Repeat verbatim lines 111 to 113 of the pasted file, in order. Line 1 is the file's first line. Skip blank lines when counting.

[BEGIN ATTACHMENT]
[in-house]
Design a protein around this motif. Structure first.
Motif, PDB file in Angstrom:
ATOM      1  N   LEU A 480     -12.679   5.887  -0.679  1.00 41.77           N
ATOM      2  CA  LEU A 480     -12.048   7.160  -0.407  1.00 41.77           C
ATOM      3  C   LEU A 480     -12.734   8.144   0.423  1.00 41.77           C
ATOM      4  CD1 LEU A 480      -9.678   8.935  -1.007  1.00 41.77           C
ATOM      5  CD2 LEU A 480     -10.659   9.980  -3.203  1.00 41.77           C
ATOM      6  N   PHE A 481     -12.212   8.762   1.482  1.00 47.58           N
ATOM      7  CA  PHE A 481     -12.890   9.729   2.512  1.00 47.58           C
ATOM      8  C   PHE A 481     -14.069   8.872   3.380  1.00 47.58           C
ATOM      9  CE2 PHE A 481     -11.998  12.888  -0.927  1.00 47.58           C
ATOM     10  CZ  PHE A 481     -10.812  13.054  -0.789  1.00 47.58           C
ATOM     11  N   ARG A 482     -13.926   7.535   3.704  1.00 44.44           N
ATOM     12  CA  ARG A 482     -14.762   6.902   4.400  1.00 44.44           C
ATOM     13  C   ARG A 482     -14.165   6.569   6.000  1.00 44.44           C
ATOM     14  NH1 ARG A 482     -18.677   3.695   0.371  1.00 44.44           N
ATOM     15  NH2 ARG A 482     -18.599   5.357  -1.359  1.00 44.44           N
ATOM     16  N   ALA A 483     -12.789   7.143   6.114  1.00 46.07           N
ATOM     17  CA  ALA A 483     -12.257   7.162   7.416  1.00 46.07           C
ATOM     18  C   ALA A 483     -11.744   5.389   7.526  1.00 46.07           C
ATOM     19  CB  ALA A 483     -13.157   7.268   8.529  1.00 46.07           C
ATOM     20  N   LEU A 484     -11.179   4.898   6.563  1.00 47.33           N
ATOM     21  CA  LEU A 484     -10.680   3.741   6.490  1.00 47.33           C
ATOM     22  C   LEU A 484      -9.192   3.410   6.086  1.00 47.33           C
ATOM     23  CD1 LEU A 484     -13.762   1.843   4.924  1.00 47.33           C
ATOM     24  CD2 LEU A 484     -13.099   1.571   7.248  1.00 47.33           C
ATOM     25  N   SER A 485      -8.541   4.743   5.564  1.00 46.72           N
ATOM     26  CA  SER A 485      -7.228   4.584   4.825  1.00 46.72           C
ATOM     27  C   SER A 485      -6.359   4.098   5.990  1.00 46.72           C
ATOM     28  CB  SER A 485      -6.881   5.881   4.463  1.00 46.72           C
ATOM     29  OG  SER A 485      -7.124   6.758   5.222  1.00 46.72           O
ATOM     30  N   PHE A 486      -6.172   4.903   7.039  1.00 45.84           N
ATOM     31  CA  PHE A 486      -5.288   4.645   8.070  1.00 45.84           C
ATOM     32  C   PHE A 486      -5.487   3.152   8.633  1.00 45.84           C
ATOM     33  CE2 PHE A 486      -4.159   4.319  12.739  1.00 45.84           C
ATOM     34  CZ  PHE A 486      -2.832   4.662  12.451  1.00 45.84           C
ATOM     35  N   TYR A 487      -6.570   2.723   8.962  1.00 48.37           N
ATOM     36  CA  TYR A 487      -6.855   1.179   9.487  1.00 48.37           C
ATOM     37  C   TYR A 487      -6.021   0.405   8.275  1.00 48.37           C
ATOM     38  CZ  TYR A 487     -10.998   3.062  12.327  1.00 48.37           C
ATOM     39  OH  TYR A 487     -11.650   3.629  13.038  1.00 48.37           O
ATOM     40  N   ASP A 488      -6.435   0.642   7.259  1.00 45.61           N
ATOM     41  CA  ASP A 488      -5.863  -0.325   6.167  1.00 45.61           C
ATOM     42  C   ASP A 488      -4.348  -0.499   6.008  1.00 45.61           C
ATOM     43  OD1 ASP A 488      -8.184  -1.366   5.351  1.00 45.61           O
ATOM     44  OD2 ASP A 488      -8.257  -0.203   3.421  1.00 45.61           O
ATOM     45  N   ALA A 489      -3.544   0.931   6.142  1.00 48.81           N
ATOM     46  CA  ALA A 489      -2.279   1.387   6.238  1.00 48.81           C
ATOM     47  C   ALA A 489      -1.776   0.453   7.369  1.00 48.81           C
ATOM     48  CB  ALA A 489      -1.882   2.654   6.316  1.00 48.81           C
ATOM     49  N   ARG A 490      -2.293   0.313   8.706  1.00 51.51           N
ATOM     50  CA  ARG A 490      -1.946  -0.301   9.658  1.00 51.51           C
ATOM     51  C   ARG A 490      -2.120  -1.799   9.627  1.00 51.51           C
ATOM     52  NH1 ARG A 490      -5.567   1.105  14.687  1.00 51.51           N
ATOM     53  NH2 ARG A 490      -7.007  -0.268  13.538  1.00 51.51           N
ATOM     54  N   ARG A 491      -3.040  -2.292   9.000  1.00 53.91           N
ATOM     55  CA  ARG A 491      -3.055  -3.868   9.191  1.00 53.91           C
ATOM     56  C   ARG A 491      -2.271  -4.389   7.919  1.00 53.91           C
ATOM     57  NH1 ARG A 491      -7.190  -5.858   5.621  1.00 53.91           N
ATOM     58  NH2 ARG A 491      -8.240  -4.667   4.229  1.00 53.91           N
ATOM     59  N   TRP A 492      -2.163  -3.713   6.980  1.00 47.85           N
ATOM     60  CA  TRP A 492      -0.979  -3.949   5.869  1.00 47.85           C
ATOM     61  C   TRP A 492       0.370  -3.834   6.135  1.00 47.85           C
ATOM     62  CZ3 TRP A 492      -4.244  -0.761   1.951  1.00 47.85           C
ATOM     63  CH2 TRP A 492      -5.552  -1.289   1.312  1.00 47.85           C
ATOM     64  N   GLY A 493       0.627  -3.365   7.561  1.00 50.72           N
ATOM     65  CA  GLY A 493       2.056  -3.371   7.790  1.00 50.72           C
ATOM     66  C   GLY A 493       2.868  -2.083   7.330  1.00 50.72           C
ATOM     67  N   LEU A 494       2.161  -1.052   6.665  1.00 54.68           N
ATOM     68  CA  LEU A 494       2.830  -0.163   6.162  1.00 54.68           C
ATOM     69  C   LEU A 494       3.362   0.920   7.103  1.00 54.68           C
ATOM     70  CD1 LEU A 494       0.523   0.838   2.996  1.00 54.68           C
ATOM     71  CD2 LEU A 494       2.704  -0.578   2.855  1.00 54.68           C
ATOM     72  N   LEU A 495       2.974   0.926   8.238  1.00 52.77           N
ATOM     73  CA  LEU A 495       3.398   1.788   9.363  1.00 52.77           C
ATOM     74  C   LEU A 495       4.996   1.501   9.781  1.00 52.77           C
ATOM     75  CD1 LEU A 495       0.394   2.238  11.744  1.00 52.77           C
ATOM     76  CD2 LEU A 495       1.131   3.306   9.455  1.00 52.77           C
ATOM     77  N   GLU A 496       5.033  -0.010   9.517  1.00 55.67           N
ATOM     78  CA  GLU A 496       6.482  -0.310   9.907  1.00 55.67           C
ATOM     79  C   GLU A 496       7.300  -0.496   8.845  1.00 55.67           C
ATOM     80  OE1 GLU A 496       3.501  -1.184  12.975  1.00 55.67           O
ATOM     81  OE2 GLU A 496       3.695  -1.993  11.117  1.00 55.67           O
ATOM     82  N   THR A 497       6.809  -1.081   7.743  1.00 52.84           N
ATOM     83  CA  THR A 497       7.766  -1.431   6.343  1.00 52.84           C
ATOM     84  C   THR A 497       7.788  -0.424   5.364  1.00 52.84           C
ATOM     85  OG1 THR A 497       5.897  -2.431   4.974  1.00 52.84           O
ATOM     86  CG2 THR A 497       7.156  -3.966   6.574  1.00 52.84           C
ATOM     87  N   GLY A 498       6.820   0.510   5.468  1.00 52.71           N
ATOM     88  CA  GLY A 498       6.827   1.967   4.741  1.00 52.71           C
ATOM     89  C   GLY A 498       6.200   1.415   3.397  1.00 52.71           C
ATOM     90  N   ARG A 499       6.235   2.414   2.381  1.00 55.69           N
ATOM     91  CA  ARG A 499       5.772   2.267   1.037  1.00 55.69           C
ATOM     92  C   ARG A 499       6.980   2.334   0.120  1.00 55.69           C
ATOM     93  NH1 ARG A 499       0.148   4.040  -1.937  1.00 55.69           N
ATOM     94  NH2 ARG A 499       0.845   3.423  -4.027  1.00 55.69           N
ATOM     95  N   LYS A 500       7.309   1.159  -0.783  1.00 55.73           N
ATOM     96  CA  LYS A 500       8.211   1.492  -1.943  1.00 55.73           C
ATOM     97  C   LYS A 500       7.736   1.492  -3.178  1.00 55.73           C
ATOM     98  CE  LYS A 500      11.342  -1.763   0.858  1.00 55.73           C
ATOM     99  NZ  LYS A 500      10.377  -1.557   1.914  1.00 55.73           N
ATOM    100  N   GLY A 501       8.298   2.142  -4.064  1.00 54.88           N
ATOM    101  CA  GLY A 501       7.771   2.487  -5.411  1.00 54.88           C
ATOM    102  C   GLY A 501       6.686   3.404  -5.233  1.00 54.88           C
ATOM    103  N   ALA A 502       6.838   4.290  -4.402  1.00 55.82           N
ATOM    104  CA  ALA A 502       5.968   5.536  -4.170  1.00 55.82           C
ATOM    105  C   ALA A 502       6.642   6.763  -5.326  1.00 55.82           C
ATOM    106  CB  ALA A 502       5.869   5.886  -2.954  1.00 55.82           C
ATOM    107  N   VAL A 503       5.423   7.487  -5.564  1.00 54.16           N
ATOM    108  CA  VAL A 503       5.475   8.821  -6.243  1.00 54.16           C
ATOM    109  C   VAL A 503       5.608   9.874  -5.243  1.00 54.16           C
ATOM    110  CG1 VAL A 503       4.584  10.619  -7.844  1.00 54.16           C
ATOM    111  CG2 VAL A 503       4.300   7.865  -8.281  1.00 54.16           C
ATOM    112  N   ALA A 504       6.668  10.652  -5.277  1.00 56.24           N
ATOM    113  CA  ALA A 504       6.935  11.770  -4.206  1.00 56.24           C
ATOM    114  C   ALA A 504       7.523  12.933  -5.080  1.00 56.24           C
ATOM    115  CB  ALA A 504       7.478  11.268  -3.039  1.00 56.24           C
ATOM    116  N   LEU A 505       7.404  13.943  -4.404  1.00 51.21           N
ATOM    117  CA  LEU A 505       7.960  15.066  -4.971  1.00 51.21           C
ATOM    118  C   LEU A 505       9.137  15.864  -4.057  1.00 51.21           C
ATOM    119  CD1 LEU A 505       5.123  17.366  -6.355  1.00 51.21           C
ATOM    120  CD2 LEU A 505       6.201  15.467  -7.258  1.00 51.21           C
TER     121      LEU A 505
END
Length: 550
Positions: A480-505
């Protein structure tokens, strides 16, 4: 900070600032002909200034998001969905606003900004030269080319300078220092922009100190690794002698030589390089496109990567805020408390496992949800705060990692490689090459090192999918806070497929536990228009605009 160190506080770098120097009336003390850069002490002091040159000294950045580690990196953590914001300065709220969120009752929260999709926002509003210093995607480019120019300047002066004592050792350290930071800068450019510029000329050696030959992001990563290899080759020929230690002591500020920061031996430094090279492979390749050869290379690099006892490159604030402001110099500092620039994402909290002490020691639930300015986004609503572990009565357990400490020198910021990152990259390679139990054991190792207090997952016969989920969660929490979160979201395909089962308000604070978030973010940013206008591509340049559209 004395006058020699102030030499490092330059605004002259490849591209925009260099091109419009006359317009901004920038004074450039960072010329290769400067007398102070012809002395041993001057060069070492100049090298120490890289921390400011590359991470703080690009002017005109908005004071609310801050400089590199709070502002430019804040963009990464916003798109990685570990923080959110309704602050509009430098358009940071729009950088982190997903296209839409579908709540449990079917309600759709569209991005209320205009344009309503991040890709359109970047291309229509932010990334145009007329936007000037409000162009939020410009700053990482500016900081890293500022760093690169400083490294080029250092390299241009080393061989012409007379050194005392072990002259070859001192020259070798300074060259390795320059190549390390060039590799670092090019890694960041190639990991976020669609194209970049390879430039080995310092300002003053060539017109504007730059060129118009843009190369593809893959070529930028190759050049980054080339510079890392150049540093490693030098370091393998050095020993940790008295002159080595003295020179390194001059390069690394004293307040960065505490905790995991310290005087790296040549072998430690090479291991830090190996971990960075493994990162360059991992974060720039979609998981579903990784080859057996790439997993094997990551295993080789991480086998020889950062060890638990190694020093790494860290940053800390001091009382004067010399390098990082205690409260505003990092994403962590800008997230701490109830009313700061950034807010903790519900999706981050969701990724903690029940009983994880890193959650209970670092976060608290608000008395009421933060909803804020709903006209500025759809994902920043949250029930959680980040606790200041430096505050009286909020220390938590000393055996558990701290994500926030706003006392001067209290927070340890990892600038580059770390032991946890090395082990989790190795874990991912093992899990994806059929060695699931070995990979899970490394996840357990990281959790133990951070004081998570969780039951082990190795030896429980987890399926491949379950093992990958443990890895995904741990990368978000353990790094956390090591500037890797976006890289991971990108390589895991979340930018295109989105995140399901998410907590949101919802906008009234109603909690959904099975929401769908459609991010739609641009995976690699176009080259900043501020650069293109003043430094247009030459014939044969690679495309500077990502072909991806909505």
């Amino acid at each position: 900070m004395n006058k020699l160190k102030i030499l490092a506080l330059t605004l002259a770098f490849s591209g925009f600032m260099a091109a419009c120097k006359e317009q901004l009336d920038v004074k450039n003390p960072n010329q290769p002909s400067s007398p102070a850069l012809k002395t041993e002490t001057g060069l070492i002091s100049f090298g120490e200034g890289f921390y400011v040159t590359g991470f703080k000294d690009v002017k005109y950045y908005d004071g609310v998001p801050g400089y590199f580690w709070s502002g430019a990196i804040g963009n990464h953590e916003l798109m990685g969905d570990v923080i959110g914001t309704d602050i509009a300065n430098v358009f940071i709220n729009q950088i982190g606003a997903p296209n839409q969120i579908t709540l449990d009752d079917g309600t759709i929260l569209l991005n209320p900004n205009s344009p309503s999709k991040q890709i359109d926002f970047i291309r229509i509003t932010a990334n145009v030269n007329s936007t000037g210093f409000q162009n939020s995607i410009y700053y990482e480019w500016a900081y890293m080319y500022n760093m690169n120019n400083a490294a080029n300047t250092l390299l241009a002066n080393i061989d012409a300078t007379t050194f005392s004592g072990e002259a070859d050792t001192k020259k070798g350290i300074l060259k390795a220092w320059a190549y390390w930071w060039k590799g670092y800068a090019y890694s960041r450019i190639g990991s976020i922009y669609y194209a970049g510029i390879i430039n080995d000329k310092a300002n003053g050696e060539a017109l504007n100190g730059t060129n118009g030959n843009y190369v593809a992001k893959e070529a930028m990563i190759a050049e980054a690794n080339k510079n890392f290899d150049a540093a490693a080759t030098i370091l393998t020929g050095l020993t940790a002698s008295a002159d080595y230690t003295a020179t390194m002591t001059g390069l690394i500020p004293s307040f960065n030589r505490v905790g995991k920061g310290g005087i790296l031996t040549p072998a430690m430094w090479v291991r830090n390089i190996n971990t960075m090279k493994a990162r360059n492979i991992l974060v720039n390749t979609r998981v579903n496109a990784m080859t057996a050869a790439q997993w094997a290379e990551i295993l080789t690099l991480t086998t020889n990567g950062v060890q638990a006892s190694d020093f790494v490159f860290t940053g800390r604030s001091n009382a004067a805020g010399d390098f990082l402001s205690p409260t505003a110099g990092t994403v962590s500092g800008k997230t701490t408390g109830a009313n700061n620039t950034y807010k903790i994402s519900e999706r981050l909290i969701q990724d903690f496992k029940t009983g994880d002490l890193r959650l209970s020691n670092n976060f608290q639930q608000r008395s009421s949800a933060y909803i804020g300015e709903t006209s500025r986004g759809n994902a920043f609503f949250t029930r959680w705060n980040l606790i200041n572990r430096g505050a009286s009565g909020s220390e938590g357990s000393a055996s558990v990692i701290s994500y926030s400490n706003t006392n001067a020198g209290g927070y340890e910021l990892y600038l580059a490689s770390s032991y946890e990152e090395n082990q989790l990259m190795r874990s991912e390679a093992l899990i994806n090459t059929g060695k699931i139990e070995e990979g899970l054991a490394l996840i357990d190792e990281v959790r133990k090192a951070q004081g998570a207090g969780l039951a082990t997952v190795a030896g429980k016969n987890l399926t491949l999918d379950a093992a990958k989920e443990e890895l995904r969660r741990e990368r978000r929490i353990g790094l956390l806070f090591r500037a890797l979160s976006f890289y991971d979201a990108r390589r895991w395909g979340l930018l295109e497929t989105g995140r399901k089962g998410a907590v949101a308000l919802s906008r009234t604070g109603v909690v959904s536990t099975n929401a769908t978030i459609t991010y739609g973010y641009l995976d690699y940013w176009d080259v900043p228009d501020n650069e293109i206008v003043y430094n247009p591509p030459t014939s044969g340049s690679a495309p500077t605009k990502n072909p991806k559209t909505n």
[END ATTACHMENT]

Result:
ATOM    108  CA  VAL A 503       5.475   8.821  -6.243  1.00 54.16           C
ATOM    109  C   VAL A 503       5.608   9.874  -5.243  1.00 54.16           C
ATOM    110  CG1 VAL A 503       4.584  10.619  -7.844  1.00 54.16           C